There are two main reasons why religious people are bent on meddling with the social order, one which is fairly benign and understandable, the other which is a bit insane and deplorable. The innocent motive is merely the desire to protect their children from exposure to "immorality," which can mean anything from having a whorehouse move into the neighborhood to having their children taught evolution in the public schools. I can sympathize with this motive. Ideally, a religious person should be able to raise their children in neighborhood where there's no whorehouse or smut peddlers, and they should also be able to decide whether their children are taught evolution (just as atheists parents should be able to decide whether their children are taught creationism).

The other insane motive for meddling has to do with a long-standing sentiment among intensely religious people, namely, the belief that God will punish many in society for the transgressions of the few. This sentiment exists not only among fundamentalist Christians, one finds it throughout history among many different religions. Sophocles play Oedipus the King features it, where Thebes is being punished by the gods for the transgressions of Oedipus. I once had a fundamentalist Christian tell me that he was somewhat afraid to fly because if there was a serious moral transgressor on the plane God might cause the plane to crash. Apparently God, despite his great puissance and omniscience, is a bit a clumsy punishing sin these days; He must kill a bunch of innocent people to punish one person. Be that as it may, this primitive religious attitude motivates the very religious to be excessively concerned about the behavior of other people, even when that behavior in no way affects them or their children.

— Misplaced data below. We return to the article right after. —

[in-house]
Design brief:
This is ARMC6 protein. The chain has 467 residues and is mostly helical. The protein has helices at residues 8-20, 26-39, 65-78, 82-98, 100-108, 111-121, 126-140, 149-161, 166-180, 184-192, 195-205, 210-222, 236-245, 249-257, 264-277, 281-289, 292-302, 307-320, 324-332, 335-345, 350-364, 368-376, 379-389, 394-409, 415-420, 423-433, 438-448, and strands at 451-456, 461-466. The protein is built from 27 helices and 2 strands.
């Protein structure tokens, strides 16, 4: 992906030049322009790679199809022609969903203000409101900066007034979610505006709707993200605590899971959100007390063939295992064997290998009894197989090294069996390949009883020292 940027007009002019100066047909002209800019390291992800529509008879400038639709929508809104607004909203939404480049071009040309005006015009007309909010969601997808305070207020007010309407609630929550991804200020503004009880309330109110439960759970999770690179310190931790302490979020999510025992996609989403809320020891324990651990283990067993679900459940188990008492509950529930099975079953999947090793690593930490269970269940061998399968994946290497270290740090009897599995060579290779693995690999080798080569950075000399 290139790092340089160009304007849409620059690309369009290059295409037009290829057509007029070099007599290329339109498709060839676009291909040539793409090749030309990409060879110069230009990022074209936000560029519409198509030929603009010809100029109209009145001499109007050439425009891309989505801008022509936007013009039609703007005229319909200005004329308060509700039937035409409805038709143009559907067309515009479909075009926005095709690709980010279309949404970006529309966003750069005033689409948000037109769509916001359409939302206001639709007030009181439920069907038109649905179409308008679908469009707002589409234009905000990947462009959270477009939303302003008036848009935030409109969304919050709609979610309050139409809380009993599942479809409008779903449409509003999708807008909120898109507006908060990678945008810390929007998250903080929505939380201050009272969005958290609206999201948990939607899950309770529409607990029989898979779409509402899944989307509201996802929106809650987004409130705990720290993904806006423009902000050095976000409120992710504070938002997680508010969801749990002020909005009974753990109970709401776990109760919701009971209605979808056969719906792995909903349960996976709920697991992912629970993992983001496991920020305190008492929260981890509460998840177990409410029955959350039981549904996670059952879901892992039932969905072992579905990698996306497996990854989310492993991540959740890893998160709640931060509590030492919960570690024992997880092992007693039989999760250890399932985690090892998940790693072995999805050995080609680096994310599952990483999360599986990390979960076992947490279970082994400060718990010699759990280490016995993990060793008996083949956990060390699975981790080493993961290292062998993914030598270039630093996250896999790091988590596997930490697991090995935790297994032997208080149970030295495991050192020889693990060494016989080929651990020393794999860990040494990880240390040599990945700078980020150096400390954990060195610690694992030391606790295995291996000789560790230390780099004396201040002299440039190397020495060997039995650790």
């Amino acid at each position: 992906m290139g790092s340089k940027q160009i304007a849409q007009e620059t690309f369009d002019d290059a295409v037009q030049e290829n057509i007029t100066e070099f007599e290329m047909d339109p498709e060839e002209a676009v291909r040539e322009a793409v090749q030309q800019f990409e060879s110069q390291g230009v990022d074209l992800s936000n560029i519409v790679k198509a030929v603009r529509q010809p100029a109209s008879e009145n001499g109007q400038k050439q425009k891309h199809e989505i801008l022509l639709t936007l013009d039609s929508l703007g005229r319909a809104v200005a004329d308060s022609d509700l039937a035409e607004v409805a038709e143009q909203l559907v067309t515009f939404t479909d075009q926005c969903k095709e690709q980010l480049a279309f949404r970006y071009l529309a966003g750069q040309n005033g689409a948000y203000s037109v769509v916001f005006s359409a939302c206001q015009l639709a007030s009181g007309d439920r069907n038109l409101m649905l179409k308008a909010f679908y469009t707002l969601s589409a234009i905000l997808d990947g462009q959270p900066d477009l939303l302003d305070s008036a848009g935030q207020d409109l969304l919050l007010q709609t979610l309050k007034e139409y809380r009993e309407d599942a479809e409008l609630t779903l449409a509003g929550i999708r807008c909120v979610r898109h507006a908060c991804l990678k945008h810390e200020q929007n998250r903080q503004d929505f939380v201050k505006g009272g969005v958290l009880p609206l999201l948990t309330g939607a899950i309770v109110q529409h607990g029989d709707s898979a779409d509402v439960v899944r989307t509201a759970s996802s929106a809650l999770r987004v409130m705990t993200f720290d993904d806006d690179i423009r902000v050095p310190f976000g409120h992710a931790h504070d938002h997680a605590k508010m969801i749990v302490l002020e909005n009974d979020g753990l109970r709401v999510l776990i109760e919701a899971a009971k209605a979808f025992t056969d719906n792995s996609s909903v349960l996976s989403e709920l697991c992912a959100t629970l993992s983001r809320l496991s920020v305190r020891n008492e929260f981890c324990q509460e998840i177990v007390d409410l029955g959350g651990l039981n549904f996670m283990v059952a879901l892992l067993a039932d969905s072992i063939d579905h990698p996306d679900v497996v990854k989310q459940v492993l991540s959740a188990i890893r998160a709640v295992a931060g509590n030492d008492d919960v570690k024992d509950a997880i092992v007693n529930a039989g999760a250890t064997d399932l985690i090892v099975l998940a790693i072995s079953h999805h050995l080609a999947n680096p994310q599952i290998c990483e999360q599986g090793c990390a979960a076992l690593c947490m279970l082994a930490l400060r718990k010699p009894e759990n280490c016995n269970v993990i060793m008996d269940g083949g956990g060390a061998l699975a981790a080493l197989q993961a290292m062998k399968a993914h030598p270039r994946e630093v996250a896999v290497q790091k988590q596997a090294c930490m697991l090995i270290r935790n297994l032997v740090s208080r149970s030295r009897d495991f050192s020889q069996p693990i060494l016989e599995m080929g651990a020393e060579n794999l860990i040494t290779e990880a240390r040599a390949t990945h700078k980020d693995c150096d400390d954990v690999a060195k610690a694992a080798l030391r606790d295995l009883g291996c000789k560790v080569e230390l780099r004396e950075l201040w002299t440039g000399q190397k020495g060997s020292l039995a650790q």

Jay said...

...the belief that God will punish many in society for the transgressions of the few.

Certainly, that's one issue. There's also what Red alluded to on the last thread; charlatan politicians who pander to religious sentiments of the masses. However, much like altruistic sentiments, politicians can only do this successfully to the extent those sentiments are unchallenged. This seems to be another goal of militant atheists: imploring the common man to question his religious beliefs and see what (if any) value they truly hold.

Red Grant said...

____________________________

There may be areas of life dealing with psychology of motivation or one's general attitude toward existence which might be best served by the "placebo-like" comforts of religion. - Greg
____________________________





Would your reasoning above apply to tenets of Ayn Rand's "Philosophy" as exemplifed by Howard Roark?

if her "philosophy" provides one with the invigorating motive and of "placebo-like" comforts for one's motive, then,

you wouldn't object?



Why in the first place do you go after Ayn Rand's "Philosophy" in this blog?

Isn't it to expose philosophical fraud regardless of whether it provides one with "placebo-like" comfort for one's motive for one's action or not?






____________________________

In any case, whether religion is positive or negative in its overall impact on an individual or on society as a whole, the evidence strongly suggests that it is here to stay. - Greg
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You can make the similar case for cockroaches.